I have one, but some skank (me, unfortunately) stored it in a damp
garage and there is considerable corrosion on the ways. If you're
willing to do some rebuilding it should be as nice as it ever was.
You are aware that these things are as flexible as can be, and that they
aren't set up for threading, yes?
Email me if I haven't talked you out of it. tee eye em at wescottdesign
dot com, or check on my website for the email address.
Yes. You mounted a master threaded quill around the
spindle and fitted a follower and cutting tool. The
follower would chase the master thread form and move
your cutter. Expensive as hell to buy all the master
On Fri, 30 Mar 2007 16:36:21 -0800, Jim Stewart
===============By coincidence there is a nice article in the Feb/Mar issue of
the Machinists Workshop Volume 20 No1 p24-26 showing the original
threading attachment and how one man modified and improved it.
The article has references to other useful unimat information.
In the US, Blue Ridge is the Unimat supplier.
Unka' George [George McDuffee]
Watch out w'en you'er gittin all you want.
Fattenin' hogs ain't in luck.
Joel Chandler Harris (1848-1908), U.S. journalist.
Uncle Remus: His Songs and His Sayings,
"Plantation Proverbs" (1880).
On Fri, 30 Mar 2007 17:27:52 -0600, triker3 wrote:
Unimats have become collectors items and as such are priced beyond their
true value as a tool.
Have you seen the Taig lathes? Very reasonably priced, capable machines
for their size and all parts are available, when needed.
You can even save a few bucks by using your own motor. I originally bought
the basic machine and assembled it myself. Then, when more money was
available, I purchased the chucks and accessories I needed.
I like to deal with Nick Carter. He offers a 10% discount on most of it.
Standard disclaimer, I have no financial interest, just a satisfied
On the Beautiful Florida Space Coast, right beside the Kennedy Space Center, USA
My hobby pages are here:
Visit the castinghobby FAQ:
The member map is here:
Do you really want a Unimat, or are you just looking for a small lathe?
Consider the 6-18 Atlas/Craftsman lathes on E-bay. They'd be a lot
stiffer than the Unimat, I'd think. ---And not toooo much bigger.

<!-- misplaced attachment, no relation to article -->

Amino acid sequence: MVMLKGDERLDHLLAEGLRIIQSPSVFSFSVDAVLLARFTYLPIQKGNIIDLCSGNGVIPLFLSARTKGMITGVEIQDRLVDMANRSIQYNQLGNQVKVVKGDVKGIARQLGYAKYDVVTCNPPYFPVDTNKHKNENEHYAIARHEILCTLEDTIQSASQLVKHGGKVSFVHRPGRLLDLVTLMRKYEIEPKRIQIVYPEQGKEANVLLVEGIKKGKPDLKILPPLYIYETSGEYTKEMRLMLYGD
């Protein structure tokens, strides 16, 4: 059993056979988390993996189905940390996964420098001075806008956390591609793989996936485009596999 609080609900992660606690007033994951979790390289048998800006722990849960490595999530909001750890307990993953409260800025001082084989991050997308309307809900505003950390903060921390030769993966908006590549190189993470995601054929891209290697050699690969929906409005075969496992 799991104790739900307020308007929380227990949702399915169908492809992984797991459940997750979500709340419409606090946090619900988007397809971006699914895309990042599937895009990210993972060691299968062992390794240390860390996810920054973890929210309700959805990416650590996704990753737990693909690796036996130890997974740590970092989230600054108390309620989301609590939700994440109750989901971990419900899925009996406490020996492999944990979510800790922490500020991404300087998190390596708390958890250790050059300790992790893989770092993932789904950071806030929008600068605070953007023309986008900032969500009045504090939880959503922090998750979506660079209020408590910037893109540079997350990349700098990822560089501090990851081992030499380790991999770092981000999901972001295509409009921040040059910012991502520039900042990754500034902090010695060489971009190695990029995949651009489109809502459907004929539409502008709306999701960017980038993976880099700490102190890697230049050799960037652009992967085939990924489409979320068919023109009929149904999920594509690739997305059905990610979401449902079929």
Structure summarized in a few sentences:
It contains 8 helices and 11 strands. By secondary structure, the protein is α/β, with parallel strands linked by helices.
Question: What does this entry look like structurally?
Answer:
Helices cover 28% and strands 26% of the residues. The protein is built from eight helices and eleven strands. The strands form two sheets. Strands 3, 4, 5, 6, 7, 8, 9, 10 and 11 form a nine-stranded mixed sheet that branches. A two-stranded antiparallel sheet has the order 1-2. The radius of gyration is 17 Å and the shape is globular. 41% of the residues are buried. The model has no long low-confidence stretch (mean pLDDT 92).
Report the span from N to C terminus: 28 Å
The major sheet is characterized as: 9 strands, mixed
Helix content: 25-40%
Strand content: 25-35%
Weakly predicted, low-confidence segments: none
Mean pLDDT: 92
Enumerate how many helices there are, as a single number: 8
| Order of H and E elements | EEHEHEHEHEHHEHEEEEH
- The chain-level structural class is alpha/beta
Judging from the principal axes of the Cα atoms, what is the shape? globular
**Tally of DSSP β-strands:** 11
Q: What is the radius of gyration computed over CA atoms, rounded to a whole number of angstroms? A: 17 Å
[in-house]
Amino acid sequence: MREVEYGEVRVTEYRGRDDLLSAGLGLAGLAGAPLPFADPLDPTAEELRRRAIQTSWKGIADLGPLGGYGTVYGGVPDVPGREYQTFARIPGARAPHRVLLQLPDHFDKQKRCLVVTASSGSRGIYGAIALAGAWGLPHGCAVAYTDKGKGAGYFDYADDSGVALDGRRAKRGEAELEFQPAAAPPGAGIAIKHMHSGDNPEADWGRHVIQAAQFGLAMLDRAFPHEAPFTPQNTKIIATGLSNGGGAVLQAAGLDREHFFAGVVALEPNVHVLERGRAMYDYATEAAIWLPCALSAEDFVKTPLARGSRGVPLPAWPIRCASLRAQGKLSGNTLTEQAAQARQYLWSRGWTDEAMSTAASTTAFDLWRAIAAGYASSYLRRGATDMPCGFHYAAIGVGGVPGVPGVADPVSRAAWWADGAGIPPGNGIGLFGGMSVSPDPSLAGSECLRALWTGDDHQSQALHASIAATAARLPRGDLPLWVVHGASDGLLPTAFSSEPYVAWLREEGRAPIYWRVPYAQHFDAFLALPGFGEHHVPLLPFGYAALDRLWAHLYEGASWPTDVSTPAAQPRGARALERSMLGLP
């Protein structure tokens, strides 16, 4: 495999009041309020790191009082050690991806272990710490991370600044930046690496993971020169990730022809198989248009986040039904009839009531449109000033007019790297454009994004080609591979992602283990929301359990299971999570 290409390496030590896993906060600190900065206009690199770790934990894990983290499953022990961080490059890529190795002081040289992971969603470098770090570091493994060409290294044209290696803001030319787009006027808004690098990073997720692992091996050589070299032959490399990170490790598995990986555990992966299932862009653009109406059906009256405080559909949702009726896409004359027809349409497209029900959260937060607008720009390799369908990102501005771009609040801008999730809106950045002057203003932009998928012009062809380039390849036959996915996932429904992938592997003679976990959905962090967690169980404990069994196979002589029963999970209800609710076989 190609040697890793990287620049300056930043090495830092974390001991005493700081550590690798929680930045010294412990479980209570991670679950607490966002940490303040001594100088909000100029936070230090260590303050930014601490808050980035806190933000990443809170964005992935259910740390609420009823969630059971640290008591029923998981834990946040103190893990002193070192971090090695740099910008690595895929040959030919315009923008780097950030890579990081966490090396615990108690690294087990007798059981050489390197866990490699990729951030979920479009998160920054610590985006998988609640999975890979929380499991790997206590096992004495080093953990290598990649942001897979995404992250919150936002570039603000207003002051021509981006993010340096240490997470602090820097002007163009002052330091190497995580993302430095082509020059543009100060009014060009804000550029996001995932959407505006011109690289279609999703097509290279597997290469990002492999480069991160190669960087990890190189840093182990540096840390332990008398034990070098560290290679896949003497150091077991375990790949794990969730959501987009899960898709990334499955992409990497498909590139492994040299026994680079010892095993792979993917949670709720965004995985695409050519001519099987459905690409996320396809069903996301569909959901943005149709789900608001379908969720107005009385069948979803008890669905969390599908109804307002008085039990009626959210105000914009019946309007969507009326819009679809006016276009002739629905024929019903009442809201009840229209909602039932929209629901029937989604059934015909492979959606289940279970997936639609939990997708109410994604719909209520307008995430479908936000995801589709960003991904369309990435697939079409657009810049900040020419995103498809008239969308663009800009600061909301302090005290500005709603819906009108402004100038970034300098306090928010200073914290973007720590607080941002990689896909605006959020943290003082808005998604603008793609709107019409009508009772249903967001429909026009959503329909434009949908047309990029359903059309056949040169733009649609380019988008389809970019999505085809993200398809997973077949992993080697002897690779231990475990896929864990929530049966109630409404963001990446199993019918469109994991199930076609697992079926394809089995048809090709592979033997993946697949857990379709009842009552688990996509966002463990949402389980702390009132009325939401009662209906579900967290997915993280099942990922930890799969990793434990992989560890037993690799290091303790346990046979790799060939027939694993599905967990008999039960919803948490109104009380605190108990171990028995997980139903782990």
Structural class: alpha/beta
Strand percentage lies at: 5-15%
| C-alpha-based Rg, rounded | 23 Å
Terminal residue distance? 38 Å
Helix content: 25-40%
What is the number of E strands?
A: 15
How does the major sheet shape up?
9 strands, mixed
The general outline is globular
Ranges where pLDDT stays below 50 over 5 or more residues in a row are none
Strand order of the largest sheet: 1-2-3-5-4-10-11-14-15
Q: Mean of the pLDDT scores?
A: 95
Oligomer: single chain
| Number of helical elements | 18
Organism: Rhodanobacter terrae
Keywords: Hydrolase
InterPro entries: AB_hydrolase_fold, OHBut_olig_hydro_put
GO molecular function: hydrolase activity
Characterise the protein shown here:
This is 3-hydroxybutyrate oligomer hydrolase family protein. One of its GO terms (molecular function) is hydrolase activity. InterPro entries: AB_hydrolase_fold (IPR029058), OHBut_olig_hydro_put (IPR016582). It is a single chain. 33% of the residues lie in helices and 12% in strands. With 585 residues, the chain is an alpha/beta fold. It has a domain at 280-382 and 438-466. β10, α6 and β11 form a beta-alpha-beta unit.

Or the ubiquitous chines Mini-Lathe, at 7x10 to 7x14 inches swing and
$300 or so on sale. Cheaper used, if you can find one. Not much of a
lathe, but lots of lathe for the money, and somewhat portable.
They don't draw out the loons when the bidding gets going on Ebay, either.
A google search will find you Varmint Al's mini-lathe page. I think he
was the first guy to really work up a decent set of web pages for these
lathes, and he's still at it.
Personally, I think they are overpriced given the small size and
Yeah, they are more accurate out-of-the-box than the Seig lathe, but the
Seig can be tweaked. No way can the Sherline be made more robust.
On Sat, 31 Mar 2007 21:32:07 +0000, Carl Byrns wrote:
For me the light weight plus the fact that with a few small attachments I
can have a funtional milling machine make it just about perfect. I need
to move stuff around constantly in a fairly small space and those Chinese
tools are just too bulky and heavy, I'm disabled and just the difference
in weight makes the sale for me!
Attachment rich and pricetag rich!
Joe Martin says in the writeup in "Tabletop Machining" that he has
priced the lathe and all the accesories at the peak of what the market
will bear, rather than by any cost/price relationship. Good for the
company coffers, but not for the wallets of the guys trying to save a
buck and still have a hobby.
I still think that the 7x10 minilathes are a better buy. You can
always look to the Sherline catalog for accesories when you are feeling
flush, but for a basic capability, they get beat out by the chinese
product, warts and all.
Aside from that, the same money as spent on a new Sherline and damn
few of the accceory list, can buy a useable bench lathe.
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